My Least Favorite Disney Princess

Column: She's an entitled virtue-signaling left-wing heiress

Abigail Disney
Abigail Disney / Getty Images

If it were not for her last name, Abigail Disney would be just another alumna of Yale (B.A.), Stanford (M.A.), and Columbia (PhD) living in Manhattan. No one would pay much attention to her opinions, none of them especially unique or different from others shared by her class. But she is a Disney, dammit, and in America in the twenty-first century we must heed the rich and privileged, especially if they parrot the left wing of the Democratic Party. Abigail Disney's father was Roy E. Disney, who instigated an animation renaissance in the 1980s; her grandfather was Roy O. Disney, the co-founder of the Walt Disney Company; her great-uncle was that company's namesake, one of the most important cultural and business figures in American, maybe world, history. Abigail is not a fan.

Uncle Walt was "hella good at making films and his work has made billions of people happy," Disney conceded in a 2014 Facebook post, but, c'mon, he was born in 1901 and died more than a half century ago and didn't have the enlightened views of whenever I happen to Tweet this so Meryl Streep was right to call him racist and sexist. Granddad Roy was somewhat better, Abigail told the Cut last month, because he "gave us money directly, which was great because I never had to go to my parents and ask for anything." Which would have been awful, since dad "lost his way in life" when he, Michael Eisner, and Jeffrey Katzenberg revolutionized Hollywood and made Abigail and a lot of other people incredibly rich, and mom "was somebody who really liked having nice things," for Heaven's sakes, "like Chanel suits." Nowadays it's Robert Iger, Disney's chairman and CEO, who's gotten under Abigail's skin.

"I like Bob Iger," she wrote in a Twitter rant this week. "I do NOT speak for my family but only for myself." And she has nothing to do with the company other than holding shares "(not that many)." But Iger's compensation in 2018 of $65.6 million is "insane." Someone has to "speak out about the naked indecency" of it all, she wrote in an op-ed for the Washington Post, a newspaper owned by the richest man on Earth. The Trump tax cuts are to blame. Yes, Disney is raising its minimum wage, and gave more than half of its 200,000 employees a $1,000 bonus last year. But it has spent billions more on stock buybacks to—ohmigod—"enrich its shareholders." And among those shareholders are such undeserving folk as Vanguard and the New York State Common Retirement Fund and CALPERS. Did the retired teacher in Bakersville produce the Emmy award-winning documentary Pray the Devil Back to Hell? I didn't think so. Abigail did, so talk to the hand, Mr. Mutual Fund Investor.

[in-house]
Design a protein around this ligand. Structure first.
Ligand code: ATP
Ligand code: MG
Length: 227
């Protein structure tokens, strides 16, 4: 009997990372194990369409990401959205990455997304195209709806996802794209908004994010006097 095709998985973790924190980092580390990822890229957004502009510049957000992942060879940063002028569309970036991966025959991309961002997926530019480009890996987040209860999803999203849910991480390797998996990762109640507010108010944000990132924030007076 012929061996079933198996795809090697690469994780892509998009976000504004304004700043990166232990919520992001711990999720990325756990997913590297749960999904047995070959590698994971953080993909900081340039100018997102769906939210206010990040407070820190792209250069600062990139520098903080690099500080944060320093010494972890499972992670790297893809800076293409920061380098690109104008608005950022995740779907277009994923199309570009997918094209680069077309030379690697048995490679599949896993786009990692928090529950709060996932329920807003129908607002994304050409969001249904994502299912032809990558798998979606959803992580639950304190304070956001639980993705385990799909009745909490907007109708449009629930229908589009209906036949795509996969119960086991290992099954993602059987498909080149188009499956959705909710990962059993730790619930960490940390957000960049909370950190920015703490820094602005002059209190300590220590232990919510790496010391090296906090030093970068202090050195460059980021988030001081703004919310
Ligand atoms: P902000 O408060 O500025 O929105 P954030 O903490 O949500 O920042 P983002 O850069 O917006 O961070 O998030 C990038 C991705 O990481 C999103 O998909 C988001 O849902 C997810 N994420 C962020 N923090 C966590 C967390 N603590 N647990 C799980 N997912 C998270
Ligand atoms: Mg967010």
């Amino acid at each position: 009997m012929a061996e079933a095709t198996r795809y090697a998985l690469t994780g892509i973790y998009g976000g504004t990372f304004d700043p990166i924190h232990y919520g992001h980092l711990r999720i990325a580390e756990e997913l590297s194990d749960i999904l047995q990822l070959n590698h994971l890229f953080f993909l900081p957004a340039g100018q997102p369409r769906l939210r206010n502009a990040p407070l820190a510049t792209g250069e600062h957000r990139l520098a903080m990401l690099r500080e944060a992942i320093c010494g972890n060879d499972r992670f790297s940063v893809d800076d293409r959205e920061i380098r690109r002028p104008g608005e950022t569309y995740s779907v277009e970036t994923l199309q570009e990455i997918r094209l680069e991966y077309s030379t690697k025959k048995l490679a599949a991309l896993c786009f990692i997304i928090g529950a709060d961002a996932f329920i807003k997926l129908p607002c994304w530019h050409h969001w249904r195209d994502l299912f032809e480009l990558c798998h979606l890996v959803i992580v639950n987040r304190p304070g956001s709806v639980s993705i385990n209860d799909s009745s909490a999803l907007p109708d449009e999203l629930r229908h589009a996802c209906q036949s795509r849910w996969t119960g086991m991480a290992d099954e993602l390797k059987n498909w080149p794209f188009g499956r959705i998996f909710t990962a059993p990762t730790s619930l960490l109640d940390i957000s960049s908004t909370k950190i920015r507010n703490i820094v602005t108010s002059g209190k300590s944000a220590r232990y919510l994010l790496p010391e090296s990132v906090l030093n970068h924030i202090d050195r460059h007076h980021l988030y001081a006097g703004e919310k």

Abigail Disney's stand for the proletariat is absurd and self-righteous. There is, for starters, the fact that everyone involved in this psychodrama—from Disney to Iger to the owner of the Washington Post—is a super-affluent liberal. Everyone, that is, but many Disney employees, who are not an undifferentiated mass of drones but men and women with a diversity of political views, economic circumstances, work schedules, skill sets, and personal ambitions. Some of them probably liked their tax cut and bonus—and profited from the buybacks as individual shareholders and as holders of retirement accounts.